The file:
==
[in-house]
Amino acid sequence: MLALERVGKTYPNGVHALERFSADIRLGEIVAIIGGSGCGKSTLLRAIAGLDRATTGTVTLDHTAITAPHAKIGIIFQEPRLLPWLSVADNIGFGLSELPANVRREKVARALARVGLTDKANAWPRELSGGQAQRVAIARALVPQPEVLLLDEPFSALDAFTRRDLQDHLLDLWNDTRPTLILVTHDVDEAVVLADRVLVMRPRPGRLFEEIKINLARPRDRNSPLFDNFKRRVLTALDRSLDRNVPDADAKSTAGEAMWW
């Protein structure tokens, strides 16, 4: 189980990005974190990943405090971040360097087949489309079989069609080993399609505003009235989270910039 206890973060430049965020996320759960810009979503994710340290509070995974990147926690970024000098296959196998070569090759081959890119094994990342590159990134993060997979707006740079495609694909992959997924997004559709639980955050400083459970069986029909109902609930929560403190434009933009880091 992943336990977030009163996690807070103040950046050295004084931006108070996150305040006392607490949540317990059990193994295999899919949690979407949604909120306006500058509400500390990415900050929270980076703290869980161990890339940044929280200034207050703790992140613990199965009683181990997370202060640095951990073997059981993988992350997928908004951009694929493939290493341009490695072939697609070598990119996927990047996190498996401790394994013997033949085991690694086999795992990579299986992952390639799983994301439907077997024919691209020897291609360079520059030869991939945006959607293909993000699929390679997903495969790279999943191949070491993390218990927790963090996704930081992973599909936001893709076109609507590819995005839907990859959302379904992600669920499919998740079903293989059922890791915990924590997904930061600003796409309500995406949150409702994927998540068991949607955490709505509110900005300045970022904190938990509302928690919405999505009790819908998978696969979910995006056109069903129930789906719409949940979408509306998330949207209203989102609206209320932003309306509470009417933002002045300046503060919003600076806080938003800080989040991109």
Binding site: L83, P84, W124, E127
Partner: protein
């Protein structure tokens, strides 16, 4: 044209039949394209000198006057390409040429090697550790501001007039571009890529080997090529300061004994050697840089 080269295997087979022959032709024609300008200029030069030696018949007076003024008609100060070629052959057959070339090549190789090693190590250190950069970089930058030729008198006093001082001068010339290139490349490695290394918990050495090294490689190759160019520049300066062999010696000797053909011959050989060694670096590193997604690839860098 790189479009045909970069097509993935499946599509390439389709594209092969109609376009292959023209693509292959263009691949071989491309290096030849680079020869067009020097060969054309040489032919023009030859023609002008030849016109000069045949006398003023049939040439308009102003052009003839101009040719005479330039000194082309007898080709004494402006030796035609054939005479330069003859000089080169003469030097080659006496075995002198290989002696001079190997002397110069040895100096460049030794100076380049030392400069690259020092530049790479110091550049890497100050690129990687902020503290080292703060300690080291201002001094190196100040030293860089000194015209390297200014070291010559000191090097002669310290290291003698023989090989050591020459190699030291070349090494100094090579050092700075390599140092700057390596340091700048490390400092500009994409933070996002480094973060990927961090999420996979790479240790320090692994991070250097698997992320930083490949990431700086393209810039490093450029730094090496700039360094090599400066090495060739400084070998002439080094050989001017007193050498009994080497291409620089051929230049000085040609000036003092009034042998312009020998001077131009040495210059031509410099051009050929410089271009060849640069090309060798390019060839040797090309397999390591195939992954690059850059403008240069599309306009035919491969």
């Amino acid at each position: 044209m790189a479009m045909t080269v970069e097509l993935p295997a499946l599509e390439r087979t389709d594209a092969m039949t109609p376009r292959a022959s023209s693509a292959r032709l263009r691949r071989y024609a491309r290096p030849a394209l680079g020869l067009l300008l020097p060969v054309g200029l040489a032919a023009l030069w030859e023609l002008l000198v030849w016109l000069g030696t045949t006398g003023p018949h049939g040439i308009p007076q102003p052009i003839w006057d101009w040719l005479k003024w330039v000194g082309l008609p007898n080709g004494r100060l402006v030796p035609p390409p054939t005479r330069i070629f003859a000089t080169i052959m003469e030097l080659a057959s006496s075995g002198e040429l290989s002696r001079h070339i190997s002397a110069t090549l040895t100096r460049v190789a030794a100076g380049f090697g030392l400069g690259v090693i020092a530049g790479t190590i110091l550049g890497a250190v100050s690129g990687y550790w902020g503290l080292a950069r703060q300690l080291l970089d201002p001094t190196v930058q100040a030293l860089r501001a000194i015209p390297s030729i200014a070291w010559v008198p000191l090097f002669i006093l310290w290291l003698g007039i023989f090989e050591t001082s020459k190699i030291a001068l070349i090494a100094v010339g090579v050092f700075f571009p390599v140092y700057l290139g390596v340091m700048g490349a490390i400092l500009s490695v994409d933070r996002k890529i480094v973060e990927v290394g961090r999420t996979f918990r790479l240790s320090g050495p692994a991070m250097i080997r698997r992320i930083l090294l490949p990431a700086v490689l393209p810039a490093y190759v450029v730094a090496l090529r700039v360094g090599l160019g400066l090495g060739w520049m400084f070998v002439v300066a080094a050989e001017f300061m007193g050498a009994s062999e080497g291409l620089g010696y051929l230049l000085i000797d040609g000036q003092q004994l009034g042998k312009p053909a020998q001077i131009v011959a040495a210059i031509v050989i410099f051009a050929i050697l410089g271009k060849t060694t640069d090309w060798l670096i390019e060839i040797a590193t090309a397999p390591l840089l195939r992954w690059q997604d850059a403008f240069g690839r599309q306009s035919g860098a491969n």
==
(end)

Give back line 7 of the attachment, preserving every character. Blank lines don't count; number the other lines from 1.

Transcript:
């Amino acid at each position: 044209m790189a479009m045909t080269v970069e097509l993935p295997a499946l599509e390439r087979t389709d594209a092969m039949t109609p376009r292959a022959s023209s693509a292959r032709l263009r691949r071989y024609a491309r290096p030849a394209l680079g020869l067009l300008l020097p060969v054309g200029l040489a032919a023009l030069w030859e023609l002008l000198v030849w016109l000069g030696t045949t006398g003023p018949h049939g040439i308009p007076q102003p052009i003839w006057d101009w040719l005479k003024w330039v000194g082309l008609p007898n080709g004494r100060l402006v030796p035609p390409p054939t005479r330069i070629f003859a000089t080169i052959m003469e030097l080659a057959s006496s075995g002198e040429l290989s002696r001079h070339i190997s002397a110069t090549l040895t100096r460049v190789a030794a100076g380049f090697g030392l400069g690259v090693i020092a530049g790479t190590i110091l550049g890497a250190v100050s690129g990687y550790w902020g503290l080292a950069r703060q300690l080291l970089d201002p001094t190196v930058q100040a030293l860089r501001a000194i015209p390297s030729i200014a070291w010559v008198p000191l090097f002669i006093l310290w290291l003698g007039i023989f090989e050591t001082s020459k190699i030291a001068l070349i090494a100094v010339g090579v050092f700075f571009p390599v140092y700057l290139g390596v340091m700048g490349a490390i400092l500009s490695v994409d933070r996002k890529i480094v973060e990927v290394g961090r999420t996979f918990r790479l240790s320090g050495p692994a991070m250097i080997r698997r992320i930083l090294l490949p990431a700086v490689l393209p810039a490093y190759v450029v730094a090496l090529r700039v360094g090599l160019g400066l090495g060739w520049m400084f070998v002439v300066a080094a050989e001017f300061m007193g050498a009994s062999e080497g291409l620089g010696y051929l230049l000085i000797d040609g000036q003092q004994l009034g042998k312009p053909a020998q001077i131009v011959a040495a210059i031509v050989i410099f051009a050929i050697l410089g271009k060849t060694t640069d090309w060798l670096i390019e060839i040797a590193t090309a397999p390591l840089l195939r992954w690059q997604d850059a403008f240069g690839r599309q306009s035919g860098a491969n």